• Year: 1969
    For sale
    €5,950(£0) €5,950(£0)
  • Fiat 500 Giardiniera White '66

    €7,250(£0) €7,250(£0)

    Lowered price from €9.950 -> €7.250! The Fiat 500 (Italian: cinquecento, Italian pronunciation: [ˌtʃiŋkweˈtʃɛnto]) is a car produced by the Fiat company of Italy between 1957 and 1975, with limited production of the Fiat 500 K estate continuing until 1977. The car was designed by Dante Giacosa. Launched as the Nuova (new) 500 in July 1957, it was a cheap and practical town car. Measuring only 3 metres (~10 feet) long, and originally powered by an appropriately sized 479 cc two-cylinder, air-cooled engine, the 500 redefined the term "small car" and is considered one of the first city cars. Despite its diminutive size, the 500 proved to be an enormously practical and popular vehicle throughout Europe. Besides the two-door coupé, it was also available as the "Giardiniera" station wagon; this variant featured the standard engine laid on its side, the wheelbase lengthened by 10 cm (4 in) to provide a more convenient rear seat, a full-length sunroof, and larger brakes from the Fiat 600. Production of the 500 ended in 1975, although its replacement, the Fiat 126, was launched two years earlier. The 126 was never as popular as its predecessor in Italy, but was enormously popular in the for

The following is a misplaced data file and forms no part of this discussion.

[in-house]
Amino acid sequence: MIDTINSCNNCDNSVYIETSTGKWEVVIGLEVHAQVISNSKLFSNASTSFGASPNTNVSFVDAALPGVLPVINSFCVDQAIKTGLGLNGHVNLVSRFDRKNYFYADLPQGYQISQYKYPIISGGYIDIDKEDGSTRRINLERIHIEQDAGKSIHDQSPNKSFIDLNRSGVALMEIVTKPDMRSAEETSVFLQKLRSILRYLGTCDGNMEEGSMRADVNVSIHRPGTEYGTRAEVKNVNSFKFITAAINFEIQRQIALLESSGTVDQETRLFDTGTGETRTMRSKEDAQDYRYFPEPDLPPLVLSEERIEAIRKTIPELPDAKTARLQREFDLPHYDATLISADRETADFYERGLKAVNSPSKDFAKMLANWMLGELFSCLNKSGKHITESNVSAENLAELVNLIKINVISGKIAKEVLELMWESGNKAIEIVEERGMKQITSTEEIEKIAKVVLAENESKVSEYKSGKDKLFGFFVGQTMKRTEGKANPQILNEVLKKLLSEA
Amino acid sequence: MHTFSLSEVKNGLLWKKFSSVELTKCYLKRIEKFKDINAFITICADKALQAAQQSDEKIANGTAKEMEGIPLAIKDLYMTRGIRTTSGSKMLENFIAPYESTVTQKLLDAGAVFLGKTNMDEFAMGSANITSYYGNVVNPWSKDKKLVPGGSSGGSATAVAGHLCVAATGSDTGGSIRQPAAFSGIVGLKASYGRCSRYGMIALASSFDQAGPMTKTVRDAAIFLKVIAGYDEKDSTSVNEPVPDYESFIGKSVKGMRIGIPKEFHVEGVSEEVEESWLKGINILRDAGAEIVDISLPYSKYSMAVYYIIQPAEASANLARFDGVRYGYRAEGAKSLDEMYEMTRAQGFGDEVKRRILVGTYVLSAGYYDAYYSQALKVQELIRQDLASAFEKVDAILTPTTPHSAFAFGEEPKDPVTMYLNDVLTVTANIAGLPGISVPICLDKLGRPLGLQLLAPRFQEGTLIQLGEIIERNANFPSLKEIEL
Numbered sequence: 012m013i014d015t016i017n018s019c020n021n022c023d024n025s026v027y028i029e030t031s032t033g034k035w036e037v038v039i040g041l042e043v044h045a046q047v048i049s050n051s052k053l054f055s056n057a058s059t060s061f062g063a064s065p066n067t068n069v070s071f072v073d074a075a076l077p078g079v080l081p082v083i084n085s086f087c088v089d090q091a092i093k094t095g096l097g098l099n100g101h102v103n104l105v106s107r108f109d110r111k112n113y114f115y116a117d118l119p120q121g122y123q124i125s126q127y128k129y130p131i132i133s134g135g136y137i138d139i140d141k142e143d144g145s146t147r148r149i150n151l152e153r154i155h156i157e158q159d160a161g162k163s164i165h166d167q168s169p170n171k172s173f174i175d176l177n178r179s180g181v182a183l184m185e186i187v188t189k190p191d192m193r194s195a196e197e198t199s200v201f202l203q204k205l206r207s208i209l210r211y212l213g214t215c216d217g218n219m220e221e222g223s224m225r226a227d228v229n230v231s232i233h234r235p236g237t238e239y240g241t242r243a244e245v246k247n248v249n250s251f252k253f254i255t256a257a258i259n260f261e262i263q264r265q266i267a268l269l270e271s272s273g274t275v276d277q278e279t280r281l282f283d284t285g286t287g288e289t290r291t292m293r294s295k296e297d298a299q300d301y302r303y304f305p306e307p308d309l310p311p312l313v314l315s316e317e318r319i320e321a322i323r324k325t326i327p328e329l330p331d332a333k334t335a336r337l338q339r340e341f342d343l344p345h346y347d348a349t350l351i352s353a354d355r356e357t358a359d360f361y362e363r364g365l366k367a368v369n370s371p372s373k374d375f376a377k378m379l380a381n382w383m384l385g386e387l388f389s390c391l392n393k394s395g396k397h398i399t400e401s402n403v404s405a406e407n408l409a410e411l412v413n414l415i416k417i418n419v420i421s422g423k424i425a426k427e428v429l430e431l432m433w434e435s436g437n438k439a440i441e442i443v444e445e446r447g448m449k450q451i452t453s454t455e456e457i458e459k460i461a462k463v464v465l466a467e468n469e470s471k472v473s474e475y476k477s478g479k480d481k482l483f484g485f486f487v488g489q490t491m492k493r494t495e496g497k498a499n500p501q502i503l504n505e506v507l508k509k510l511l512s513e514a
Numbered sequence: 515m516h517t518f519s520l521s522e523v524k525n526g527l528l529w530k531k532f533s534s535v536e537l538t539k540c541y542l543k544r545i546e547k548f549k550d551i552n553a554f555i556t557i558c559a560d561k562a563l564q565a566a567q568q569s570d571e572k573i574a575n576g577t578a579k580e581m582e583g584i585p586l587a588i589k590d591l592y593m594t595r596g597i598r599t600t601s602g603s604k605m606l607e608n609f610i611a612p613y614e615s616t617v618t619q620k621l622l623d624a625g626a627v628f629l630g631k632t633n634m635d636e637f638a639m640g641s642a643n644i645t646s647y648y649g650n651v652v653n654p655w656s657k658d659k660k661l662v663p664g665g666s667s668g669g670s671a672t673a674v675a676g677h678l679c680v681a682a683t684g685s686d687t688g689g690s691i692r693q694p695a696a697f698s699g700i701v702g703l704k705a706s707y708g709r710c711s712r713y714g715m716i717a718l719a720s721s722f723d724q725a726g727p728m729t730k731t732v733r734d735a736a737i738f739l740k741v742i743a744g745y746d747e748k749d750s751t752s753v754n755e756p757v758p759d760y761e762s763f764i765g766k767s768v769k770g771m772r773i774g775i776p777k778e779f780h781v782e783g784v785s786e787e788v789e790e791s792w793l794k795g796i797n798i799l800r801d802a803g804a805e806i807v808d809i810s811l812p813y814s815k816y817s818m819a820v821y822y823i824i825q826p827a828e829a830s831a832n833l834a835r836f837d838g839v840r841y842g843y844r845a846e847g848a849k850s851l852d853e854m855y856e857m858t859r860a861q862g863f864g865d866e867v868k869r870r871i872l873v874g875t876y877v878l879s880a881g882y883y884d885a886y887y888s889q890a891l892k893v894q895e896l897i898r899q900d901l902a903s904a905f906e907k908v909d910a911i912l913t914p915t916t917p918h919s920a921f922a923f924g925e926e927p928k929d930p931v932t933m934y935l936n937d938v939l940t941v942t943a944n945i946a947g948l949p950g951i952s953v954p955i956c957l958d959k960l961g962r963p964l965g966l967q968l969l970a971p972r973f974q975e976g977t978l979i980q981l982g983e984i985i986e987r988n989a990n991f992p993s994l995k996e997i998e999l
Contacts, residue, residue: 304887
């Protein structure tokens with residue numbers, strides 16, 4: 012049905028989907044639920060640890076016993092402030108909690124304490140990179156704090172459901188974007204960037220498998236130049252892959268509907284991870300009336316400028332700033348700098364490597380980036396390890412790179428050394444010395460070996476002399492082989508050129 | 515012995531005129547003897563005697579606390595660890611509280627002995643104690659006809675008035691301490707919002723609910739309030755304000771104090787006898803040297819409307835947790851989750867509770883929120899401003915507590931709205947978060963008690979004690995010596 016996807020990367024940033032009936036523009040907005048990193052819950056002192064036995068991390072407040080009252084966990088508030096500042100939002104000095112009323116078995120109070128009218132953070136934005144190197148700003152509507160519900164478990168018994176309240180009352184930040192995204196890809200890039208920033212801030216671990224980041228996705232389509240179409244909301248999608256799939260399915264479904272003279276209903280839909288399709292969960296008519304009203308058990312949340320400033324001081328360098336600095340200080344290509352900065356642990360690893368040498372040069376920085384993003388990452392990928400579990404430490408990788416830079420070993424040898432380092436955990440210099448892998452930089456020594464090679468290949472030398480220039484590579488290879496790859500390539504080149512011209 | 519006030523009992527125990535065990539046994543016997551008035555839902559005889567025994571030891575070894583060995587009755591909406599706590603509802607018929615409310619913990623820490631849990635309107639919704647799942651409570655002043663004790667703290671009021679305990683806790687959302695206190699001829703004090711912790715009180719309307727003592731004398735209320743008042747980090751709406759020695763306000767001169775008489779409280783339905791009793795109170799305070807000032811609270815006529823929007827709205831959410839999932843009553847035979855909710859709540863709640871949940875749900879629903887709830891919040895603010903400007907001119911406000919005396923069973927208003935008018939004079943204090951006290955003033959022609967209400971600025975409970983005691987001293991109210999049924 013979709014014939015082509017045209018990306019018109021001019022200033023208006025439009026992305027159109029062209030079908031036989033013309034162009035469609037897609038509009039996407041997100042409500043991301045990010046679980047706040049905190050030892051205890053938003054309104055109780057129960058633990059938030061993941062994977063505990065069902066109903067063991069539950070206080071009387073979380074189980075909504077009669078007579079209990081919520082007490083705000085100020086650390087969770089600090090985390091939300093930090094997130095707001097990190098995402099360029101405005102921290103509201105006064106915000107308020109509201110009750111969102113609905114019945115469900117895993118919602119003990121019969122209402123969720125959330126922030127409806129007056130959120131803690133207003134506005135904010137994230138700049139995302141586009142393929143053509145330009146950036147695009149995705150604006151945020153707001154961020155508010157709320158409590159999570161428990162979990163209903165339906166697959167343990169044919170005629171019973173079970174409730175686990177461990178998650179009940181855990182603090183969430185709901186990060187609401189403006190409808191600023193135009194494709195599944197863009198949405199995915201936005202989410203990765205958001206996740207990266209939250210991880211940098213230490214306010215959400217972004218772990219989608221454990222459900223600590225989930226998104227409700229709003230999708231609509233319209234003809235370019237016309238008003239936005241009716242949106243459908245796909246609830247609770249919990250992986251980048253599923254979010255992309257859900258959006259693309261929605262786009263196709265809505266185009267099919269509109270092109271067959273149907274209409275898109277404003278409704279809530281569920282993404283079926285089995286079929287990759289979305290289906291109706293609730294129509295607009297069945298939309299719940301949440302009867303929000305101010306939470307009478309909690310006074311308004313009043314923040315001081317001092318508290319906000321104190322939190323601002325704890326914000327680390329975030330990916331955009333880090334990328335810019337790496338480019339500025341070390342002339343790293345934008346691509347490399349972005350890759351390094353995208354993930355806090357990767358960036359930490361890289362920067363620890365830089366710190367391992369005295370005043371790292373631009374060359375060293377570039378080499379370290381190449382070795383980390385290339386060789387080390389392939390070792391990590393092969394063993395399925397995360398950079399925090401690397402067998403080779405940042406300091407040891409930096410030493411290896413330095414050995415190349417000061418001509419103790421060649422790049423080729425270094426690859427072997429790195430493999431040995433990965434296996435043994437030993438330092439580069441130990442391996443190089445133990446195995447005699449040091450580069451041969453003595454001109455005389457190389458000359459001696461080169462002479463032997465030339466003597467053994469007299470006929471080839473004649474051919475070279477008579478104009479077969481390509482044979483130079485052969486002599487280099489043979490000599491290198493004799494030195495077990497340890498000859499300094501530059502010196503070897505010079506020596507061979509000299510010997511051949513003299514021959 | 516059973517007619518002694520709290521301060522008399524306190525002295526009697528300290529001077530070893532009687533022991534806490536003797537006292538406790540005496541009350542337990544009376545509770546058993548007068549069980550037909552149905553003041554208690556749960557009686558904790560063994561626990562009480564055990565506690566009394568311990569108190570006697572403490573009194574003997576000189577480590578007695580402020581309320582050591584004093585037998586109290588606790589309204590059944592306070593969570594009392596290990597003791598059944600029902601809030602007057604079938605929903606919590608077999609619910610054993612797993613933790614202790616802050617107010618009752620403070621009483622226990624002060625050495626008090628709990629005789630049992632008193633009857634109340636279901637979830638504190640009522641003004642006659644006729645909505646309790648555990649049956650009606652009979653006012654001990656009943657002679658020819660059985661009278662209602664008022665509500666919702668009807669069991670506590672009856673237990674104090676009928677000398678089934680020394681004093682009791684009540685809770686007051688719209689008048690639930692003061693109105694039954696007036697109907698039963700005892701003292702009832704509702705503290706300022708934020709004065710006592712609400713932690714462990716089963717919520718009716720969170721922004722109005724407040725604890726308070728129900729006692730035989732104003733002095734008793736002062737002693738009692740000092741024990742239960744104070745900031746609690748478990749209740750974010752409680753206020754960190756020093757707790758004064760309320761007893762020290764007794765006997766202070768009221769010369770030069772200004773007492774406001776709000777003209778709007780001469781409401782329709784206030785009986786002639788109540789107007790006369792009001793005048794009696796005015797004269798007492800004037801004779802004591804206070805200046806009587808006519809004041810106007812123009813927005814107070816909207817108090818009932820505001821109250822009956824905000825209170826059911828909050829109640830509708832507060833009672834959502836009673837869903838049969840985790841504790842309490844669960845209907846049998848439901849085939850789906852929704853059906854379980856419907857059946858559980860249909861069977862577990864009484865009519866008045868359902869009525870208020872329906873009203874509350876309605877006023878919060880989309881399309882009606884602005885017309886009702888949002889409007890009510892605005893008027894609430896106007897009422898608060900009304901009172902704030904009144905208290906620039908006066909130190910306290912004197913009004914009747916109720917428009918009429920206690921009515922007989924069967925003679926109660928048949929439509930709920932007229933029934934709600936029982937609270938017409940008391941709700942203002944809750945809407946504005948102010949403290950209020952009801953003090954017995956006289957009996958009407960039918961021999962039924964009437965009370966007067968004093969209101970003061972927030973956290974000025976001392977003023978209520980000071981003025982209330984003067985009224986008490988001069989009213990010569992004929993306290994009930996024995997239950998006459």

• Year: 1966
    For sale
    €7,250(£0) €7,250(£0)
  • Fiat 500 L 1971

    €12,950(£0) €12,950(£0)

    Fiat 500 L 1971, restored This Fiat 500 L was originally delivered in Holland in 1971. The car has only had 2 owners since 1971. In 2016 this 500 L was restored and was provided with beautiful yellow paint, beautiful chrome and a new sunroof. The interior has black leather and is in very good condition. The original 499 CC engine was fully checked. Car has Holland title and Holland mot/tuv. Easy to register in every EU country. You do not need to pay any importtaxes. We can help with transport.

    • Year: 1971
    For sale
    €12,950(£0) €12,950(£0)
  • 1959 Fiat 500 Jolly

    POA POA